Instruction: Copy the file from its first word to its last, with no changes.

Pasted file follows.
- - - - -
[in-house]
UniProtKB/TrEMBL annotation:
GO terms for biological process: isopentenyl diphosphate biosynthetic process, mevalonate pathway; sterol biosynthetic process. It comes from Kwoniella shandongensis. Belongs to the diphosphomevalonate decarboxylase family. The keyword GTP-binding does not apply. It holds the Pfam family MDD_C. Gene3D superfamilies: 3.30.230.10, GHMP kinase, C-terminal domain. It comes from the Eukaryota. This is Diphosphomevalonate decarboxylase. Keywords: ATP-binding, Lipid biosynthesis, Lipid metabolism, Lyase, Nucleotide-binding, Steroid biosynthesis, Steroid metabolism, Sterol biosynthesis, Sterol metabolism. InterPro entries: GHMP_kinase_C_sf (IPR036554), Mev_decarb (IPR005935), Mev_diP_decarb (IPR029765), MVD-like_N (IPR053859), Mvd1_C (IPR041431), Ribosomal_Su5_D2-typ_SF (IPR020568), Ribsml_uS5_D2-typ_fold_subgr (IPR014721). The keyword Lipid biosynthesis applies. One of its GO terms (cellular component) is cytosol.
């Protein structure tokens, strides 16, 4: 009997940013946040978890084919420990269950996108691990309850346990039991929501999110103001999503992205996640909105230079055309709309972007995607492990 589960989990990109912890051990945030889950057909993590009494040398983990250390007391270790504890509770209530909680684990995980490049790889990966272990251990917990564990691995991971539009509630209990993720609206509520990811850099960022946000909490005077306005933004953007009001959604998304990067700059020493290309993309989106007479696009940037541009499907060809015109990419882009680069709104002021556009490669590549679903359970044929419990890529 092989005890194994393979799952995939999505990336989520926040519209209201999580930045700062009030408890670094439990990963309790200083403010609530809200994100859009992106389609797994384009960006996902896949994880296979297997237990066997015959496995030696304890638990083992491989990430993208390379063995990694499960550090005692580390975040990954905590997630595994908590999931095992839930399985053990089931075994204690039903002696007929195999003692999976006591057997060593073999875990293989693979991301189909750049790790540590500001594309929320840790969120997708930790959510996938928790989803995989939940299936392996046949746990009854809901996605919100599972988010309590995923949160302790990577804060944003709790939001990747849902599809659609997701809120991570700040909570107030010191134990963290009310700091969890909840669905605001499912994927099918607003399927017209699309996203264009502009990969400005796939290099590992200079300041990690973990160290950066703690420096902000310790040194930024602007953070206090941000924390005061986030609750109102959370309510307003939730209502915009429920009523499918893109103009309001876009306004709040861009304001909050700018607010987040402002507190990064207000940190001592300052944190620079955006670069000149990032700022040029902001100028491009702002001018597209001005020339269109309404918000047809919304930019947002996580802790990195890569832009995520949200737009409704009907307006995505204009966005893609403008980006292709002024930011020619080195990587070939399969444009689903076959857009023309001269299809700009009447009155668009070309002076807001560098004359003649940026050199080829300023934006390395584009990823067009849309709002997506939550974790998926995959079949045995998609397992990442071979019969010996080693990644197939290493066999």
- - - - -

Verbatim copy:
[in-house]
UniProtKB/TrEMBL annotation:
GO terms for biological process: isopentenyl diphosphate biosynthetic process, mevalonate pathway; sterol biosynthetic process. It comes from Kwoniella shandongensis. Belongs to the diphosphomevalonate decarboxylase family. The keyword GTP-binding does not apply. It holds the Pfam family MDD_C. Gene3D superfamilies: 3.30.230.10, GHMP kinase, C-terminal domain. It comes from the Eukaryota. This is Diphosphomevalonate decarboxylase. Keywords: ATP-binding, Lipid biosynthesis, Lipid metabolism, Lyase, Nucleotide-binding, Steroid biosynthesis, Steroid metabolism, Sterol biosynthesis, Sterol metabolism. InterPro entries: GHMP_kinase_C_sf (IPR036554), Mev_decarb (IPR005935), Mev_diP_decarb (IPR029765), MVD-like_N (IPR053859), Mvd1_C (IPR041431), Ribosomal_Su5_D2-typ_SF (IPR020568), Ribsml_uS5_D2-typ_fold_subgr (IPR014721). The keyword Lipid biosynthesis applies. One of its GO terms (cellular component) is cytosol.
């Protein structure tokens, strides 16, 4: 009997940013946040978890084919420990269950996108691990309850346990039991929501999110103001999503992205996640909105230079055309709309972007995607492990 589960989990990109912890051990945030889950057909993590009494040398983990250390007391270790504890509770209530909680684990995980490049790889990966272990251990917990564990691995991971539009509630209990993720609206509520990811850099960022946000909490005077306005933004953007009001959604998304990067700059020493290309993309989106007479696009940037541009499907060809015109990419882009680069709104002021556009490669590549679903359970044929419990890529 092989005890194994393979799952995939999505990336989520926040519209209201999580930045700062009030408890670094439990990963309790200083403010609530809200994100859009992106389609797994384009960006996902896949994880296979297997237990066997015959496995030696304890638990083992491989990430993208390379063995990694499960550090005692580390975040990954905590997630595994908590999931095992839930399985053990089931075994204690039903002696007929195999003692999976006591057997060593073999875990293989693979991301189909750049790790540590500001594309929320840790969120997708930790959510996938928790989803995989939940299936392996046949746990009854809901996605919100599972988010309590995923949160302790990577804060944003709790939001990747849902599809659609997701809120991570700040909570107030010191134990963290009310700091969890909840669905605001499912994927099918607003399927017209699309996203264009502009990969400005796939290099590992200079300041990690973990160290950066703690420096902000310790040194930024602007953070206090941000924390005061986030609750109102959370309510307003939730209502915009429920009523499918893109103009309001876009306004709040861009304001909050700018607010987040402002507190990064207000940190001592300052944190620079955006670069000149990032700022040029902001100028491009702002001018597209001005020339269109309404918000047809919304930019947002996580802790990195890569832009995520949200737009409704009907307006995505204009966005893609403008980006292709002024930011020619080195990587070939399969444009689903076959857009023309001269299809700009009447009155668009070309002076807001560098004359003649940026050199080829300023934006390395584009990823067009849309709002997506939550974790998926995959079949045995998609397992990442071979019969010996080693990644197939290493066999």